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Dozens Of Civilians Killed Near Raqqa In Airstrike Activists Blame On Coalition

An airstrike by U.S.-led coalition forces leveled a school west of Raqqa and killed at least 33 people, according to two activist groups monitoring Syria. The groups allege the attack, which they say occurred overnight on Monday and Tuesday, hit a building that had been housing families fleeing violence in war-torn areas nearby.

According to one of those groups, Raqqa is Being Slaughtered Silently, the fate of 50 families who had been in the school in the village of Mansoura remains unknown. Both Raqqa and Mansoura are under the control of the Islamic State, which counts Raqqa as the de facto capital of its territorial claims.

"We can now confirm that 33 people were killed, and they were displaced civilians from Raqqa, Aleppo and Homs," Rami Abdel Rahman, director of the U.K.-based Syrian Observatory for Human Rights, told the French news service Agence France-Presse. "They're still pulling bodies out of the rubble until now. Only two people were pulled out alive."

In a statement, the coalition forces cast doubt on these accounts, saying that while they "routinely strike [Islamic State] targets in this area," they "have no indication that an airstrike struck civilians near Raqqah as the Syrian Observatory for Human Rights claims."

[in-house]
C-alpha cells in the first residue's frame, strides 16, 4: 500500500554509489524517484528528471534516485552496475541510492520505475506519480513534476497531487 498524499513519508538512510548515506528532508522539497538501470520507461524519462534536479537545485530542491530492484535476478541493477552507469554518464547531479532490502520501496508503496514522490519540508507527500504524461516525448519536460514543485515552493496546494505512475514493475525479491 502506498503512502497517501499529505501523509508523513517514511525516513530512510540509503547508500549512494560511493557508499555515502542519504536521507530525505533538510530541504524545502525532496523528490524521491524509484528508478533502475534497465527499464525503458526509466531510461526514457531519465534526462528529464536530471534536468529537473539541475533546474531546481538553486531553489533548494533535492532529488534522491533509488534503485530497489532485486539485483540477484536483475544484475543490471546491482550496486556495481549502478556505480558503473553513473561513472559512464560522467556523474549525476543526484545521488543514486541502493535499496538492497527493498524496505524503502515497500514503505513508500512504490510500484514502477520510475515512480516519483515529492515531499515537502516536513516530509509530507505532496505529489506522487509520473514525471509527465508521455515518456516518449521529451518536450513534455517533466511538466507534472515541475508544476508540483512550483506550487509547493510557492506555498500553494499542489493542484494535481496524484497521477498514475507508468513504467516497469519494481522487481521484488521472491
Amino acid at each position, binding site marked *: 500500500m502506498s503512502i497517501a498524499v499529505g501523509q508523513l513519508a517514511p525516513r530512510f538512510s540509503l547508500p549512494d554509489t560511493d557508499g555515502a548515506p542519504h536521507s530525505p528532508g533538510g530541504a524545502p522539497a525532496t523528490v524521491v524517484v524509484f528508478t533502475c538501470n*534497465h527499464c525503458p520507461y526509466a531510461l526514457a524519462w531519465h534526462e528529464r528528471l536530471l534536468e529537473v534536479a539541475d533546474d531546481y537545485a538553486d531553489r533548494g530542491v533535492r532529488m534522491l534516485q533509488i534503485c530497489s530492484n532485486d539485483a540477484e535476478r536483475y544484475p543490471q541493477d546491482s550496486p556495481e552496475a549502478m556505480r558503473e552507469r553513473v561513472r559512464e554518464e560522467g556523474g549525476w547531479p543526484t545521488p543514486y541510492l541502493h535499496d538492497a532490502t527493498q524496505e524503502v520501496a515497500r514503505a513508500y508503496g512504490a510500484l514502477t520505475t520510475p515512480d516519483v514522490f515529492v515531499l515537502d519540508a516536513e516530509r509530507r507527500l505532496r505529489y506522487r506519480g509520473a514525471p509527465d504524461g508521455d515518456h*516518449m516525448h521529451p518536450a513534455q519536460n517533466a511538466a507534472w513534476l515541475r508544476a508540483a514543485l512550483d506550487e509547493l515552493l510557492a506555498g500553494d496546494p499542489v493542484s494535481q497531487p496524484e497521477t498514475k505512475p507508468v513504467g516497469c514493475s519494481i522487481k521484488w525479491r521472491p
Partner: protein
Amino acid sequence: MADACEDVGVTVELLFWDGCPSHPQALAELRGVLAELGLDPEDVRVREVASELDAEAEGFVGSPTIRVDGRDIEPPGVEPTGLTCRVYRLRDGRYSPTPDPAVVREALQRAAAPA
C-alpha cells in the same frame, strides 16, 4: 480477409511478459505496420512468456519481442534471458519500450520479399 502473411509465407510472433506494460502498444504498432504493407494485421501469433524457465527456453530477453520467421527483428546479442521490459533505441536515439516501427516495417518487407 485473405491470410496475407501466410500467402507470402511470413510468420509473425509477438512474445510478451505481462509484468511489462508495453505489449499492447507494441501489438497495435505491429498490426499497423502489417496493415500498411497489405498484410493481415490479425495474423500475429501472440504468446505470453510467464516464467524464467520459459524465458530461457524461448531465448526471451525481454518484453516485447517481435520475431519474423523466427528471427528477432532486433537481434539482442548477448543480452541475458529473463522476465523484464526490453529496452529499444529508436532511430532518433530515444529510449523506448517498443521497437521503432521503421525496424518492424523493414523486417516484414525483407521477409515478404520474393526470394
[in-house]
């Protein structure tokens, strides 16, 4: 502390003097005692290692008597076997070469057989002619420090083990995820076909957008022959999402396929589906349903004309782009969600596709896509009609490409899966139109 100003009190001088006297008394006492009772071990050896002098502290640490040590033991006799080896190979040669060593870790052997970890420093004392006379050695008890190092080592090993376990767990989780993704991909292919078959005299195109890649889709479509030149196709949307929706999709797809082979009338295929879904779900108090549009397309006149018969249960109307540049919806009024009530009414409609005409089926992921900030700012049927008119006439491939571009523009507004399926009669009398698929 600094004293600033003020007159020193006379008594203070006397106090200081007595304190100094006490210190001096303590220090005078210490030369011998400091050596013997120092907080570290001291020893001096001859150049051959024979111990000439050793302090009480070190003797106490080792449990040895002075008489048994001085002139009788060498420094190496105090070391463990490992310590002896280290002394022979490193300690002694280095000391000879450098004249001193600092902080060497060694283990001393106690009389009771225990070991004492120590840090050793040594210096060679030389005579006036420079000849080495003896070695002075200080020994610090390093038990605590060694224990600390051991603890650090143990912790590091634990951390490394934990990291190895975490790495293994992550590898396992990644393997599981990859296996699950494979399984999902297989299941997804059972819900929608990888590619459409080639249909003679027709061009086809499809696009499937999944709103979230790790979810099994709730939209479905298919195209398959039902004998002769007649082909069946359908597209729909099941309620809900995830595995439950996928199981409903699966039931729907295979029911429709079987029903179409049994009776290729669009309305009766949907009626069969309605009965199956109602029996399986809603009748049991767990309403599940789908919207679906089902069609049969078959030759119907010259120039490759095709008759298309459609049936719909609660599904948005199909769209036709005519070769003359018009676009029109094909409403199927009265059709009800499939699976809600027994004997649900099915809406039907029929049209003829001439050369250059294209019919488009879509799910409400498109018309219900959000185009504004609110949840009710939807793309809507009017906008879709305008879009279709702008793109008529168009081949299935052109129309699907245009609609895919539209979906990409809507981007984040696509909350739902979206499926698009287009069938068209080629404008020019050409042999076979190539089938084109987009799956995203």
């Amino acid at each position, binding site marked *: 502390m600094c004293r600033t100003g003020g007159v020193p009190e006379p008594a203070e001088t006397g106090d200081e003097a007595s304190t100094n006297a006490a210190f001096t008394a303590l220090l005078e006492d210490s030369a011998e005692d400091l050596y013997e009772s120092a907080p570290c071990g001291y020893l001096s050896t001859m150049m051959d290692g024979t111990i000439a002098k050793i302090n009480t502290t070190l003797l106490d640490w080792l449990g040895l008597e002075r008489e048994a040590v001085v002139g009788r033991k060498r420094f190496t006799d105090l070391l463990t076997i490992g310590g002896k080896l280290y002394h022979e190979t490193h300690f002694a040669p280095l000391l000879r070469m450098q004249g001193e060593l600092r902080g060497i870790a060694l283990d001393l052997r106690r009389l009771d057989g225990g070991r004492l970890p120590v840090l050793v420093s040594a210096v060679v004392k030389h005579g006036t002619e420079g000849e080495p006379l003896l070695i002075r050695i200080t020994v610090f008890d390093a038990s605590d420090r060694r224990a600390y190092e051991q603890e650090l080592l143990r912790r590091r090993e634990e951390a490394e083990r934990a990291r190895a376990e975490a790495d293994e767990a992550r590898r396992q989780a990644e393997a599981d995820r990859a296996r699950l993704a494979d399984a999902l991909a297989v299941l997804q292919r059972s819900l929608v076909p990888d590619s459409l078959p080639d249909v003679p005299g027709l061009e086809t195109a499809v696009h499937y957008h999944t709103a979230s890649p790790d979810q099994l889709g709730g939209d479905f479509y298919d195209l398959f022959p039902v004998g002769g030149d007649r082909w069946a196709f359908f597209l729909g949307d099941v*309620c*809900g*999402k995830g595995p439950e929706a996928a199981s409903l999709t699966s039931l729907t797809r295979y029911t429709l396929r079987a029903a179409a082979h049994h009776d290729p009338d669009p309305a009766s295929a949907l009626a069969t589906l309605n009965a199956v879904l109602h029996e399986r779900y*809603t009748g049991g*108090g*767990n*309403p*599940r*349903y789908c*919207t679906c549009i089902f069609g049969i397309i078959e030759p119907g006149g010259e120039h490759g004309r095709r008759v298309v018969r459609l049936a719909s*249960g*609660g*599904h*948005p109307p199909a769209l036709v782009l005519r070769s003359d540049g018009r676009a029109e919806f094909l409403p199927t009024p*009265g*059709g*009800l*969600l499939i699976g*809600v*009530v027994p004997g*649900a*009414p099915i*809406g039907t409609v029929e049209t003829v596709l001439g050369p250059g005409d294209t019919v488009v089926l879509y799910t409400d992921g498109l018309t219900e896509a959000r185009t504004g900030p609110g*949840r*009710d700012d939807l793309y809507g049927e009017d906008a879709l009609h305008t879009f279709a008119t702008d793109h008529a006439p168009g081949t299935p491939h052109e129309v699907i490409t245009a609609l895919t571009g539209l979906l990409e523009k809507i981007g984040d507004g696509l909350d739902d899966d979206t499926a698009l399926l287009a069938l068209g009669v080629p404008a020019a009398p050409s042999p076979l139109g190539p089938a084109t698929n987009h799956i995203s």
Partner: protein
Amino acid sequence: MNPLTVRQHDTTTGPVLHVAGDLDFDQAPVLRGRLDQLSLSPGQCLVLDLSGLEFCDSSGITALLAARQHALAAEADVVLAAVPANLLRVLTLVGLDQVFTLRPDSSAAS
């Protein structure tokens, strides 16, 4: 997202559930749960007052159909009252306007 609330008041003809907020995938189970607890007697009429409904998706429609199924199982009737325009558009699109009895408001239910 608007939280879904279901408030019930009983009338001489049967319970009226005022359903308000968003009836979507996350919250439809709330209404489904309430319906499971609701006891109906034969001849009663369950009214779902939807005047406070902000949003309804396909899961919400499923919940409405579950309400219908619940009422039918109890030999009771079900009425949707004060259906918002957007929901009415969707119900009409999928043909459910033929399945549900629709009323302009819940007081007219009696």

That said, the coalition pledged that "since we have conducted several strikes near Raqqa we will provide this information to our civilian casualty team for further investigation."

"Coalition forces work diligently to be precise in our airstrikes," the group added. "Coalition forces comply with the Law of Armed Conflict and take all feasible precautions during the planning and execution of airstrikes to reduce the risk of harm to civilians."

The allegations of civilian deaths follow a similarly bloody incident just days ago, in which locals allege a U.S. airstrike killed at least 30 people at a small mosque compound in rebel-held northern Syria.

"If you look at photographs and videos of the scene, a huge crater is all that's left of the building that was targeted," NPR's Alice Fordham told All Things Considered, describing the strike last Thursday.

Syrian witnesses of that incident say it was the regular meeting of a peaceful religious group, with dozens of civilians, while the Pentagon says "they are confident that the building that they hit was being used by al-Qaida for a meeting," Alice reported last week.

The bloodshed comes as U.S.-backed rebels kicked off a significant offensive to dislodge ISIS militants from Syria's Tabqah Dam, which is very close to the alleged airstrike in Mansoura. That offensive, led by the Syrian Democratic Forces, began overnight with the support of U.S. helicopters, artillery and logistical assistance.

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Colin Dwyer covers breaking news for NPR. He reports on a wide array of subjects — from politics in Latin America and the Middle East, to the latest developments in sports and scientific research.
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